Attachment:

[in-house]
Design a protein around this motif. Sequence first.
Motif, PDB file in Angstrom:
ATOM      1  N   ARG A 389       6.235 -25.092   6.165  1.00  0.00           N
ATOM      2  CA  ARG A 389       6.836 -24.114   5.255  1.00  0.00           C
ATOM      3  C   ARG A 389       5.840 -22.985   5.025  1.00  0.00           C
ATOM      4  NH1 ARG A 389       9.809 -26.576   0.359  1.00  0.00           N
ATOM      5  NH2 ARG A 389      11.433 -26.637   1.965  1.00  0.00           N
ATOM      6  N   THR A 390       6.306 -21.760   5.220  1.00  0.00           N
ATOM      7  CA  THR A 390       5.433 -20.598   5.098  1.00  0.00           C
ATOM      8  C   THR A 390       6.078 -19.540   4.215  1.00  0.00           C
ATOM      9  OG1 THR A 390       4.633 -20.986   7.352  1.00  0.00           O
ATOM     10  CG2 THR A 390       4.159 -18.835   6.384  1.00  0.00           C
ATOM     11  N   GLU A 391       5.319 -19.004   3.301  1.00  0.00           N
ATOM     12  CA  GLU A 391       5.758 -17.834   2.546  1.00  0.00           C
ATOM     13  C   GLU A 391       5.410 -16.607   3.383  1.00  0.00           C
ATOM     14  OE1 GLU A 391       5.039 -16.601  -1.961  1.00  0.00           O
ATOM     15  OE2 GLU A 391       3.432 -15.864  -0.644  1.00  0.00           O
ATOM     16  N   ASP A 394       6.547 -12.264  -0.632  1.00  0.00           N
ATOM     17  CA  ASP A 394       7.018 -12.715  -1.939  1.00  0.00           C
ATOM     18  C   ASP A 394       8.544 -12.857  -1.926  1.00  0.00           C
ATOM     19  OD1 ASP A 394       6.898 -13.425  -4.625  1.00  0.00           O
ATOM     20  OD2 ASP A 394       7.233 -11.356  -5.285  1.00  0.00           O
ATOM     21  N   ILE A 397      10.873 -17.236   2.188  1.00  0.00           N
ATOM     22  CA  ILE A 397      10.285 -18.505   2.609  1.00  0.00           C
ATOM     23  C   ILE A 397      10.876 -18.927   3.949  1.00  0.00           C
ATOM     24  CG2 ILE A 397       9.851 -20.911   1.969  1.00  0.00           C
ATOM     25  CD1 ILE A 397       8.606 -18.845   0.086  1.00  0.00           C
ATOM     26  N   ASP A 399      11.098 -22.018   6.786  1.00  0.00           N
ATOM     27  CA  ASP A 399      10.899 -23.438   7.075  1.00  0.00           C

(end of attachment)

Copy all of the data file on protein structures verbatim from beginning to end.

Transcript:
[in-house]
Design a protein around this motif. Sequence first.
Motif, PDB file in Angstrom:
ATOM      1  N   ARG A 389       6.235 -25.092   6.165  1.00  0.00           N
ATOM      2  CA  ARG A 389       6.836 -24.114   5.255  1.00  0.00           C
ATOM      3  C   ARG A 389       5.840 -22.985   5.025  1.00  0.00           C
ATOM      4  NH1 ARG A 389       9.809 -26.576   0.359  1.00  0.00           N
ATOM      5  NH2 ARG A 389      11.433 -26.637   1.965  1.00  0.00           N
ATOM      6  N   THR A 390       6.306 -21.760   5.220  1.00  0.00           N
ATOM      7  CA  THR A 390       5.433 -20.598   5.098  1.00  0.00           C
ATOM      8  C   THR A 390       6.078 -19.540   4.215  1.00  0.00           C
ATOM      9  OG1 THR A 390       4.633 -20.986   7.352  1.00  0.00           O
ATOM     10  CG2 THR A 390       4.159 -18.835   6.384  1.00  0.00           C
ATOM     11  N   GLU A 391       5.319 -19.004   3.301  1.00  0.00           N
ATOM     12  CA  GLU A 391       5.758 -17.834   2.546  1.00  0.00           C
ATOM     13  C   GLU A 391       5.410 -16.607   3.383  1.00  0.00           C
ATOM     14  OE1 GLU A 391       5.039 -16.601  -1.961  1.00  0.00           O
ATOM     15  OE2 GLU A 391       3.432 -15.864  -0.644  1.00  0.00           O
ATOM     16  N   ASP A 394       6.547 -12.264  -0.632  1.00  0.00           N
ATOM     17  CA  ASP A 394       7.018 -12.715  -1.939  1.00  0.00           C
ATOM     18  C   ASP A 394       8.544 -12.857  -1.926  1.00  0.00           C
ATOM     19  OD1 ASP A 394       6.898 -13.425  -4.625  1.00  0.00           O
ATOM     20  OD2 ASP A 394       7.233 -11.356  -5.285  1.00  0.00           O
ATOM     21  N   ILE A 397      10.873 -17.236   2.188  1.00  0.00           N
ATOM     22  CA  ILE A 397      10.285 -18.505   2.609  1.00  0.00           C
ATOM     23  C   ILE A 397      10.876 -18.927   3.949  1.00  0.00           C
ATOM     24  CG2 ILE A 397       9.851 -20.911   1.969  1.00  0.00           C
ATOM     25  CD1 ILE A 397       8.606 -18.845   0.086  1.00  0.00           C
ATOM     26  N   ASP A 399      11.098 -22.018   6.786  1.00  0.00           N
ATOM     27  CA  ASP A 399      10.899 -23.438   7.075  1.00  0.00           C